Pallone Remarks at Net Neutrality Legislative Hearing
Washington, D.C. – Energy and Commerce Chairman Frank Pallone, Jr. (D-NJ) delivered the following opening remarks today at a Communications and Technology Subcommittee hearing on “Legislating to Safeguard the Free and Open Internet:”
Words like “net neutrality” and “open internet” don’t capture how central this issue is for our society. We are talking about what the country stands for. We are talking about saving economic opportunity and innovation, saving our kid’s educational opportunities, and saving our democracy. It is that important. Without net neutrality – a free and open internet simply does not exist.
We’ve all heard the fears of our constituents. In my district, small businesses like Rockstar Bakery and Second Life Bikes in Asbury Park are concerned that without net neutrality their businesses could be blocked from reaching their customers. They worry large corporations could buy “fast lanes,” which would make their businesses less competitive.
Conservatives and liberals alike worry about their voices being shut down by corporations that don’t agree with their point of view.
And without access to a free and open internet, my constituents are worried it would be harder to find a job, harder to get the training they need, and harder for their kids to keep up at school. After all, today, people need the internet to find good paying jobs and to prepare their children to succeed in life.
A free and open internet isn’t just about making sure that we can watch videos on our computers or our phones. It is much more than that. It is about protecting free speech, commerce, creativity, and innovation.
That is why it’s sad that we even have to hold this hearing on legislating to safeguard the internet. The FCC’s order in 2015 establishing strong net neutrality rules was upheld twice in federal court. The debate about net neutrality was over. Consumers and small businesses were protected. But the Trump FCC defied the American people and rolled back those common-sense protections.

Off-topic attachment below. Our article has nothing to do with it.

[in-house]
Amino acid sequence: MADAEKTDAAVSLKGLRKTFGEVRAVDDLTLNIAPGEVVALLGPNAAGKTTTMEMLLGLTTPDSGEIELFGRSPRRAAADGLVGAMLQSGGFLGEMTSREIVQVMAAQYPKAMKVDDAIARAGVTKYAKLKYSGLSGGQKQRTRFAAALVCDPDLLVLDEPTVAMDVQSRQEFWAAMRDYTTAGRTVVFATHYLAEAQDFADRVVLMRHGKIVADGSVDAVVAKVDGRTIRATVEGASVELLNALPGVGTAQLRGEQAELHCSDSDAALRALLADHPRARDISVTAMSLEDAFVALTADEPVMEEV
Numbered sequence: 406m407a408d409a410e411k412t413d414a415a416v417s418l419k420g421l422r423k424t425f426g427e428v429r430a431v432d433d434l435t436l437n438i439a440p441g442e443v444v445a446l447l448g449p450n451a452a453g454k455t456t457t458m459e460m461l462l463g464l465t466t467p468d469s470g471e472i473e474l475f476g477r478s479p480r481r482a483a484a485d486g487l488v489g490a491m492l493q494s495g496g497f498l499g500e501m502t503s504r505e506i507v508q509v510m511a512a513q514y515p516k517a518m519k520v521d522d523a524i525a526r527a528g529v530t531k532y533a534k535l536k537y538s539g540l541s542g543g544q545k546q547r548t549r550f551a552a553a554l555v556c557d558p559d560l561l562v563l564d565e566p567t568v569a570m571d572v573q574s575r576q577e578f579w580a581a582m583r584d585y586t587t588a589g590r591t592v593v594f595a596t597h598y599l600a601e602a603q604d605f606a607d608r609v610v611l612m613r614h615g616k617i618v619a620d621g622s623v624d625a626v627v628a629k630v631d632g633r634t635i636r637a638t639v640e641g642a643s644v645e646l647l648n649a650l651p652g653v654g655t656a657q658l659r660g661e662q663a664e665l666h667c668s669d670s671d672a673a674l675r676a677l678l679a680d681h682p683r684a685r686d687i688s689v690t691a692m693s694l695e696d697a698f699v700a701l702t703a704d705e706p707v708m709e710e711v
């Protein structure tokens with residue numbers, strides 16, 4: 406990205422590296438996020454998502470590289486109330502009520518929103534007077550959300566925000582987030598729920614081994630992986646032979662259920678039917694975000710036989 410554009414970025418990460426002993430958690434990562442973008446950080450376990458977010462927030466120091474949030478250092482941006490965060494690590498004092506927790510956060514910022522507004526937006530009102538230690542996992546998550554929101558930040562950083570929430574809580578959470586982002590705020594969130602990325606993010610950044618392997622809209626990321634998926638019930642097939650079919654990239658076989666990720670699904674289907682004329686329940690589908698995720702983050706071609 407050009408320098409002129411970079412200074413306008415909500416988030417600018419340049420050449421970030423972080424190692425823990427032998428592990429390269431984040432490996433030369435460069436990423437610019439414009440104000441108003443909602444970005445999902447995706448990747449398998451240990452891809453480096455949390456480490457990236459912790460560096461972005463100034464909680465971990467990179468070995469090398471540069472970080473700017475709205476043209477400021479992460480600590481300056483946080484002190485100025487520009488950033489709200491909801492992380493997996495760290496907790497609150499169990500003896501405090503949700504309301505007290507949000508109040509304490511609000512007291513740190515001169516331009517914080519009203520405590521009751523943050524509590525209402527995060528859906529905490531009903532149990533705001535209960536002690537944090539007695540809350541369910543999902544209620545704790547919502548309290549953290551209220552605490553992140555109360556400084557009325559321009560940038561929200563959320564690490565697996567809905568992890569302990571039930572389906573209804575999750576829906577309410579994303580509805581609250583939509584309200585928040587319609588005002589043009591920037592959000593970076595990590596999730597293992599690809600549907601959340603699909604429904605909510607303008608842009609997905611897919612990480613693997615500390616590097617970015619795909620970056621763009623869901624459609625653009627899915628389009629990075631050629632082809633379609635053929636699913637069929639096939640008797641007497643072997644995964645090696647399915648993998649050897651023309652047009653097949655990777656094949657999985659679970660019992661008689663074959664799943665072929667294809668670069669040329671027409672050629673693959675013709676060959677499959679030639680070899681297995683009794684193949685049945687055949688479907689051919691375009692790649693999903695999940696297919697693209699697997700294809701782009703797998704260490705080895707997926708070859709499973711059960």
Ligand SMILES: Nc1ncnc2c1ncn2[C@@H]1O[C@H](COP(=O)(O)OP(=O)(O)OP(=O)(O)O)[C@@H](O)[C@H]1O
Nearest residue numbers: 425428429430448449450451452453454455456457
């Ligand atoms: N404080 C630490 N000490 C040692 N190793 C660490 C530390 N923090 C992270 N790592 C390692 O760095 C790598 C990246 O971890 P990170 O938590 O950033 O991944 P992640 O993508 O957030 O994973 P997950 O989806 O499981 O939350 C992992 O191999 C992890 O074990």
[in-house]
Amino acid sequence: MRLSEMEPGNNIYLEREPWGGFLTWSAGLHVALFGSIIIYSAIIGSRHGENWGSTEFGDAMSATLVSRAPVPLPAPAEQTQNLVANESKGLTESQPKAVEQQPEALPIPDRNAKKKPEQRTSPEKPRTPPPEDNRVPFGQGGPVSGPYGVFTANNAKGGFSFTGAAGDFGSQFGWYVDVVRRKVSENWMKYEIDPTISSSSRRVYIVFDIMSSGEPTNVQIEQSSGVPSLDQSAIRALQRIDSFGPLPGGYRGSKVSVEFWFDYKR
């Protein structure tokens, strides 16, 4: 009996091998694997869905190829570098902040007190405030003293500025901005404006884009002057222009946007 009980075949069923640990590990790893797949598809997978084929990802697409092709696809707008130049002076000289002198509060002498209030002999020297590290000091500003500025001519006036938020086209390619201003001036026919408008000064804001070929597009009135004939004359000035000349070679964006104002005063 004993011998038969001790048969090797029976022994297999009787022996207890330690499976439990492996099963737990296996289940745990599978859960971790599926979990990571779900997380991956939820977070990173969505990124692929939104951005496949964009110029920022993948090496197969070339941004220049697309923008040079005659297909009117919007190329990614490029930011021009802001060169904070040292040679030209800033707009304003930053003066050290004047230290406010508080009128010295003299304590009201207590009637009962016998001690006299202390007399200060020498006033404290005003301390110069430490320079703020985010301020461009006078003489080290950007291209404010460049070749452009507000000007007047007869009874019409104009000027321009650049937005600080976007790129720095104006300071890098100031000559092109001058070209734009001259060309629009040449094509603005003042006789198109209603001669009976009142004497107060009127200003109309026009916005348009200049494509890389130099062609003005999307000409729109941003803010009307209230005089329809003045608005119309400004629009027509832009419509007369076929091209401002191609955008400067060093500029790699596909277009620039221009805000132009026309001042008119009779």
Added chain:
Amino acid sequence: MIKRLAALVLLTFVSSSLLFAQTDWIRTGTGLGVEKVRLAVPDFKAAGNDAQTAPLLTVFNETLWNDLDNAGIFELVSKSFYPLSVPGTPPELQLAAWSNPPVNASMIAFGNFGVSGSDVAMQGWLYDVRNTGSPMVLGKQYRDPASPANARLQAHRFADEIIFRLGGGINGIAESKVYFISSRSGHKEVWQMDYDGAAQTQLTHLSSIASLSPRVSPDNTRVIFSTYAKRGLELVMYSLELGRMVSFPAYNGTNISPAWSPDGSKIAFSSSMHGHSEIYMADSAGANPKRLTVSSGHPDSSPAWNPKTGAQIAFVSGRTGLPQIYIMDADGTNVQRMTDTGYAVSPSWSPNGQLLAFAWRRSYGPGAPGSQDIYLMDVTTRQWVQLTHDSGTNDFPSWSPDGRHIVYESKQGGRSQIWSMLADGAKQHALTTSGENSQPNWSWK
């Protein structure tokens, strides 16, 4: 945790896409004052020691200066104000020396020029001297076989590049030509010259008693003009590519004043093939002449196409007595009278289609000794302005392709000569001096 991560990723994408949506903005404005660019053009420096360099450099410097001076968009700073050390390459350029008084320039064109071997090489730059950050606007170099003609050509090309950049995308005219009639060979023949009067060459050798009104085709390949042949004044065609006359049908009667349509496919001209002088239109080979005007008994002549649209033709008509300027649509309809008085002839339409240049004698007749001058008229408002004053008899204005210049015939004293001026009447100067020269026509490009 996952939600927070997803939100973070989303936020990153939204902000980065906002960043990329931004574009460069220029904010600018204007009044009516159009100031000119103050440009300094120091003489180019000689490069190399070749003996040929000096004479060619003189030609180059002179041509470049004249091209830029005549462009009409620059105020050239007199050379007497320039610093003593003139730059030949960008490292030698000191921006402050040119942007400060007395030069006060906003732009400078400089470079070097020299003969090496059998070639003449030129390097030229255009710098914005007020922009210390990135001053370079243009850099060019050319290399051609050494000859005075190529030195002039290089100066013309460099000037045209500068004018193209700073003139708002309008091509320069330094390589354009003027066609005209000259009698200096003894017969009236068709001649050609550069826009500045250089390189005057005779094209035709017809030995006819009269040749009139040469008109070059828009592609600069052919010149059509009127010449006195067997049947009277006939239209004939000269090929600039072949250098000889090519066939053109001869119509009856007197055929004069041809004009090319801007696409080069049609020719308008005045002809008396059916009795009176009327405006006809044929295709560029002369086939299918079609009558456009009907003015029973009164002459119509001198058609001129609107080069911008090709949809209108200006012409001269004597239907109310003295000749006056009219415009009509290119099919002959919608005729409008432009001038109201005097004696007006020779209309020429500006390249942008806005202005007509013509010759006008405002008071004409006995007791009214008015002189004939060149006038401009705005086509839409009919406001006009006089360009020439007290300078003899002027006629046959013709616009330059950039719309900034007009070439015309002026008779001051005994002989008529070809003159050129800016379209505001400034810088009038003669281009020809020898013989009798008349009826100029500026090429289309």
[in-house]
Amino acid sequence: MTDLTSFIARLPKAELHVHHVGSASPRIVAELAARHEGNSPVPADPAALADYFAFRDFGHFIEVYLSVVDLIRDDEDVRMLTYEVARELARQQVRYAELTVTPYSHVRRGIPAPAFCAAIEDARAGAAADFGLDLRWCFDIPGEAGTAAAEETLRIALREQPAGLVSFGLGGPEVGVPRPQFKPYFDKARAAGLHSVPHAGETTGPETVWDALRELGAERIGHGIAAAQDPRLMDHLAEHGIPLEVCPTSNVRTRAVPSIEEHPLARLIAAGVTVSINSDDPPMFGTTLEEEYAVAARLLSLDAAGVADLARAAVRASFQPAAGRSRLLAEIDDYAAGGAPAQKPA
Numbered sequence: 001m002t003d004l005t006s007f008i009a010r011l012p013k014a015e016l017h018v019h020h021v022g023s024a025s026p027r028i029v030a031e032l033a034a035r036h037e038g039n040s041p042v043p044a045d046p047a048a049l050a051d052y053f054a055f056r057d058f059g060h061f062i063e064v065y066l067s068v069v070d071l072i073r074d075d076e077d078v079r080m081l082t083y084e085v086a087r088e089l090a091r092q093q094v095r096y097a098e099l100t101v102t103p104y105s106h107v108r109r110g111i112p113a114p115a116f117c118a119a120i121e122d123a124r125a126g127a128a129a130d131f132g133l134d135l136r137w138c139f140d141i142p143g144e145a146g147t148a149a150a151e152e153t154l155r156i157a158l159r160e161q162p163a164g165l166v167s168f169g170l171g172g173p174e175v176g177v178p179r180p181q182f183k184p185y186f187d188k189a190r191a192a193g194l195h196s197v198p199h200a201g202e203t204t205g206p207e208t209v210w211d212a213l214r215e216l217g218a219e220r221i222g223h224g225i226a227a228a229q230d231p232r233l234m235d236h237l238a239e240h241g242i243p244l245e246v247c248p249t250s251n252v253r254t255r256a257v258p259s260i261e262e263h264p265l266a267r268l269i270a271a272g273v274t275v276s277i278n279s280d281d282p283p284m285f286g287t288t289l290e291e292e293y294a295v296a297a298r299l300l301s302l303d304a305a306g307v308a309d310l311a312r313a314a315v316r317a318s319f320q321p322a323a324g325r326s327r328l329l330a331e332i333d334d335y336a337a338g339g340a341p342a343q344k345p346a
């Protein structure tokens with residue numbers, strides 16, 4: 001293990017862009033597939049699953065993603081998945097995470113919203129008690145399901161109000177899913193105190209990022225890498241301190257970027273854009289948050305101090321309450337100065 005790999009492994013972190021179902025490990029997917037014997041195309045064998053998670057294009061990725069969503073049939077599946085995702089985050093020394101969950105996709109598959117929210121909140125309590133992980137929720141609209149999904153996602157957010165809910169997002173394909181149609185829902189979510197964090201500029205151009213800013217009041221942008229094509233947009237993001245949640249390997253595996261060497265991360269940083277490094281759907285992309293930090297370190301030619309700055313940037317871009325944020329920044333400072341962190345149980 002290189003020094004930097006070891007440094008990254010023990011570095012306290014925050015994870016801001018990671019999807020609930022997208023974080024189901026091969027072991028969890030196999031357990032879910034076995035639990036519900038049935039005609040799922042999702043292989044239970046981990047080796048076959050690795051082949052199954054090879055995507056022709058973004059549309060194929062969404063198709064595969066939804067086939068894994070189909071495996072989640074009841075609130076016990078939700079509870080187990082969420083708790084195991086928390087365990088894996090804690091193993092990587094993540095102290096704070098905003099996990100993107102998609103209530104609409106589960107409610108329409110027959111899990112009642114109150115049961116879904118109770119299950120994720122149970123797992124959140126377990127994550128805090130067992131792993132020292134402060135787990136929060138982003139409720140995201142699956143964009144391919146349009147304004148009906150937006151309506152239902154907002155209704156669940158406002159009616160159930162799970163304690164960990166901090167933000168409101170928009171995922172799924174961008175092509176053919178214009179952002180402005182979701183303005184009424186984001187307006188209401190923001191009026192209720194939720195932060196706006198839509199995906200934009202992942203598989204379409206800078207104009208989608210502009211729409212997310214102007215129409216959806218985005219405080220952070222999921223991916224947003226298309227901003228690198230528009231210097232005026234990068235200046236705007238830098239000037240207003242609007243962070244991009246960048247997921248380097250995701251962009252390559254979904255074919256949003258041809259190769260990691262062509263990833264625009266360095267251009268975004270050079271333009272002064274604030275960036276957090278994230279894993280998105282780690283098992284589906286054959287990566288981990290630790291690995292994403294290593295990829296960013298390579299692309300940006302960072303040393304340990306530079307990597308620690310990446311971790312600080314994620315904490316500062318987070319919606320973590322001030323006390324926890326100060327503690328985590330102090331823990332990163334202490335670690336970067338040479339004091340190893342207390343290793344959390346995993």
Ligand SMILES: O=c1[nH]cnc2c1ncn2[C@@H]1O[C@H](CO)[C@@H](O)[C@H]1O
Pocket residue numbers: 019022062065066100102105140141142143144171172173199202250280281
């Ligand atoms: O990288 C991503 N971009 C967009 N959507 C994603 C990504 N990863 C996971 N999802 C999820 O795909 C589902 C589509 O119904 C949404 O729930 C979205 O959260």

It didn’t matter that polling showed 86 percent of Americans supported these protections. Nor did it matter that a historic 24 million people commented on their action, the overwhelming majority in opposition.
And that is why this Committee must act. The Save the Internet Act will restore the meaningful net neutrality protections Americans want. It will stop this FCC or a future FCC from undermining free speech, small businesses, and consumers.
We must act swiftly. There is no time for delay. Without net neutrality, we’re already seeing the slow march of anti-consumer behavior. ISPs are charging internet users more for using their smart phone’s internet connection on another device. In other instances, they are charging consumers more for watching high definition videos. This is not what a free and open internet looks like.
That’s why I am thrilled so many of my colleagues have joined with Chairman Doyle in signing on as original cosponsors of this legislation. After unveiling the Save the Internet Act last Wednesday, the bill was introduced with 132 original co-sponsors.
The Save the Internet Act will bring back the FCC’s commonplace, bedrock principles. It will put a cop on the beat at the FCC and protect Americans and small businesses from abusive and discriminatory network practices.